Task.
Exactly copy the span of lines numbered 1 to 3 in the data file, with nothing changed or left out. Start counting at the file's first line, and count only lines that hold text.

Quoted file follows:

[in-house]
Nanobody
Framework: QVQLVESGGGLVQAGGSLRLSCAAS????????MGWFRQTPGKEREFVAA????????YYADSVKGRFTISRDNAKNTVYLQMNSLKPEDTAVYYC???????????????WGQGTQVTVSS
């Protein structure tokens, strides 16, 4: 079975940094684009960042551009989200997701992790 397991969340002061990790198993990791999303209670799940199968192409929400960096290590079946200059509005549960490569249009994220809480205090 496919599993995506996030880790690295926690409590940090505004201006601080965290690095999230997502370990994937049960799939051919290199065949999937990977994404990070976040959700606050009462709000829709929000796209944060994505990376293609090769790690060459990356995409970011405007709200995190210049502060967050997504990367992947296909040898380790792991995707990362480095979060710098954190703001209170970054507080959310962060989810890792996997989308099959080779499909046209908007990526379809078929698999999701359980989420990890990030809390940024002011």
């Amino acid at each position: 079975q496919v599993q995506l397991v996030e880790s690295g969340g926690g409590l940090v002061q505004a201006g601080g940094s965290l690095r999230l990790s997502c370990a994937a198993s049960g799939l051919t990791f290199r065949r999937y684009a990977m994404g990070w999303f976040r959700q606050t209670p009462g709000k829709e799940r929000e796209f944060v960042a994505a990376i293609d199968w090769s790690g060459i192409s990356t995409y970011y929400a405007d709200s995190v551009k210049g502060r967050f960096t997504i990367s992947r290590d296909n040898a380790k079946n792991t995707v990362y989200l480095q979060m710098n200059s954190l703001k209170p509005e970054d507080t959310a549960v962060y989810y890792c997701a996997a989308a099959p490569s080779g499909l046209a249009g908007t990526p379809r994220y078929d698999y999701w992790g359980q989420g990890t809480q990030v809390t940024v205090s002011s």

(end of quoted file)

[in-house]
Nanobody
Framework: QVQLVESGGGLVQAGGSLRLSCAAS????????MGWFRQTPGKEREFVAA????????YYADSVKGRFTISRDNAKNTVYLQMNSLKPEDTAVYYC???????????????WGQGTQVTVSS